“We have been tinkering with the shimp population in each pool. We have tried everything from 4,000 to 8,000 in a pool. So far we have found that the heavier we stock them the more luck we have. It might take a little longer to get to market size but we think in the end there will be more pounds per pool,” TJ said. “We take pond water and load the pools up with saltwater for the shrimp. We add the perfect amount of salt that the shrimp thrive in. Some say saltier is better and we have been tinkering with that.”
When it comes to the water temperature, salt levels and pH, the shrimp get picky.
“If you get in a low 80 degrees, things start to get finicky and you start to lose a good percentage of the shrimp,” TJ said. “They are not a hardy species I guess I’d say. We test the water pretty diligently. We try to keep a record everyday of it. We use the oxygen meter and try to memorize the levels we like to be at.”
The Waldocks have learned some lessons the hard way.
“We tried to get it cheap and use pool salt — that lasted about two days and they were all dead. That was about 4,000 shrimp lost,” Jack said. “So let’s say the alkalinity drops. You know something went wrong in that pool probably, and the only way to fix it is baking soda.”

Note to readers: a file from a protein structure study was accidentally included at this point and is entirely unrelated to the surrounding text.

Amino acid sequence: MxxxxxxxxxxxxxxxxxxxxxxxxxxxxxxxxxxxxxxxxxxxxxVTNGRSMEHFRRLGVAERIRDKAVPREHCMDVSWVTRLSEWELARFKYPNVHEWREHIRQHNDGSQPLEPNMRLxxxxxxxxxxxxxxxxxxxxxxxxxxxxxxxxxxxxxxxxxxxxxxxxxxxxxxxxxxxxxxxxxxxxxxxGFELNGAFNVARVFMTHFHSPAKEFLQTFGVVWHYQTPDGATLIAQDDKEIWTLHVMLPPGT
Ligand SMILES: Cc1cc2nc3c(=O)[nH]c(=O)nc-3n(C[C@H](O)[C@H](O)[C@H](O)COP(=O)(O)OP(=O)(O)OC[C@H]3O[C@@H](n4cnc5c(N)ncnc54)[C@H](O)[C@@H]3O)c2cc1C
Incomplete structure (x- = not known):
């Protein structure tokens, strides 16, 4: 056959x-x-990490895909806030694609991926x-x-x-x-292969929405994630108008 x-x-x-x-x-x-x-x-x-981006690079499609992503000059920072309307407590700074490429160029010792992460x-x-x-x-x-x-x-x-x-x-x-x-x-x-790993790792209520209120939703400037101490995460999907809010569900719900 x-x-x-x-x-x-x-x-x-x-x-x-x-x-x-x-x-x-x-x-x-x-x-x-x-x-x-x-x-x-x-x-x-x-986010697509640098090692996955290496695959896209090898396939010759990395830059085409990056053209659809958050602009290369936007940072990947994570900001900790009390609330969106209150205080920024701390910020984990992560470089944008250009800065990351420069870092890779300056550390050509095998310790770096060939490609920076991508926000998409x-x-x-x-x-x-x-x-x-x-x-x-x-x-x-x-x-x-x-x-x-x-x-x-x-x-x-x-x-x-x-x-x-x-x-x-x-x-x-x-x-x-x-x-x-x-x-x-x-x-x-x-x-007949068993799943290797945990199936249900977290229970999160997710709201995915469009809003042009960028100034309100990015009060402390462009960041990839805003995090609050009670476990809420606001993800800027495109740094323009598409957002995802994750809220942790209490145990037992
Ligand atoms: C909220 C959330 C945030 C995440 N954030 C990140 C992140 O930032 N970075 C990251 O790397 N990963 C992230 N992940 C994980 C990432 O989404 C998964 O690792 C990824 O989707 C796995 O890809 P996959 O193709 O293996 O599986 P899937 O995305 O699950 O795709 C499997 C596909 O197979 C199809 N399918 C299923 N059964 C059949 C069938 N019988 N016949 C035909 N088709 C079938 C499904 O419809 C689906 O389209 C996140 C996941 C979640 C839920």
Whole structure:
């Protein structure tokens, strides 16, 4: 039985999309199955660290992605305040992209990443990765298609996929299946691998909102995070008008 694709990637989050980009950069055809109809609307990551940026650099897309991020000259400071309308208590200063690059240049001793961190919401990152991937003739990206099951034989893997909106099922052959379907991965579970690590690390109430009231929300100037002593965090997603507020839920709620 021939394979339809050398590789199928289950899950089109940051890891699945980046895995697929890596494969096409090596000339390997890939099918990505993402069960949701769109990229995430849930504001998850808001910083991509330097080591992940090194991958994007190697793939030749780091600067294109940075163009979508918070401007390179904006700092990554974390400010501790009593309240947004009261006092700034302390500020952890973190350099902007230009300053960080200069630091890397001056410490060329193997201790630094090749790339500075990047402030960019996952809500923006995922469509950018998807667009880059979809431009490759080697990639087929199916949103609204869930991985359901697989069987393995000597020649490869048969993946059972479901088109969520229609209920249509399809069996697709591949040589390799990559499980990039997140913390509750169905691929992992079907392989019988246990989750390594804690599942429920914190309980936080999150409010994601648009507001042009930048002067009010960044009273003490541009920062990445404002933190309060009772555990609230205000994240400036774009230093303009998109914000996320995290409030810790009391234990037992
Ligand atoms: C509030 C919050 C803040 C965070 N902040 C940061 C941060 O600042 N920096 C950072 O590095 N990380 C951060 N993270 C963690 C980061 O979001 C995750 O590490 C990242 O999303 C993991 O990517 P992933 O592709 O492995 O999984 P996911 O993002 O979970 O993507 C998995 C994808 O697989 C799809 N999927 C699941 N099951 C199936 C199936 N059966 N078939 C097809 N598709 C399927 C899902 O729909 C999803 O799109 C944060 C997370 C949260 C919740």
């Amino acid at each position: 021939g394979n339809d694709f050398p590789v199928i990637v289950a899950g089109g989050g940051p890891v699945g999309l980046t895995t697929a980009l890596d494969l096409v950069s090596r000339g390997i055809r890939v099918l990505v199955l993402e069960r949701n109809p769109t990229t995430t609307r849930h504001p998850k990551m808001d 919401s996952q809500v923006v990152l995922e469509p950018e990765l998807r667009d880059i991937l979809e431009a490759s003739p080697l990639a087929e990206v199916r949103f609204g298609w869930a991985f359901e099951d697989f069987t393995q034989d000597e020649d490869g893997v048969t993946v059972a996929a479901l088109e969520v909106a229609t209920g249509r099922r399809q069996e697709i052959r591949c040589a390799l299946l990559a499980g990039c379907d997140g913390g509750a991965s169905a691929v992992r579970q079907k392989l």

“We’ve gone through quite a bit of baking of soda here, thank God it’s cheap!” TJ added.
The levels of beneficial bacteria are also very important for the shimp and take time to build. The bacteria in the pool helps stimulate the environment the shrimp would typically thrive in. To maintain better bacteria levels, the water is never drained from the pools housing the fish and shrimp.
“After the last couple of pools, we have been pumping some of the sludge from the other pools into the bottom to build bacteria and increase survival rates,” TJ said. “So far that has been pretty successful. You don’t want to cut corners. We are not dealing with the hardiest animal in the world. Shrimp are very finicky about salt level water temperature oxygen level, but if you put the time in and do it right it seems like you can get a good outcome.”
As bacteria levels increase, so does overall survival rate and rate of gain.
“The more cycles you get through this pool, your survivability is going to go all the way up to 90%,” Jack said.
The feed the fish and shrimp eat is not much different than the type of feed used for general livestock more common in Ohio: a fishmeal, soy and corn meal blend. The shrimp are fed aggressively until they reach around 20 grams. Then they are sold retail by the pound.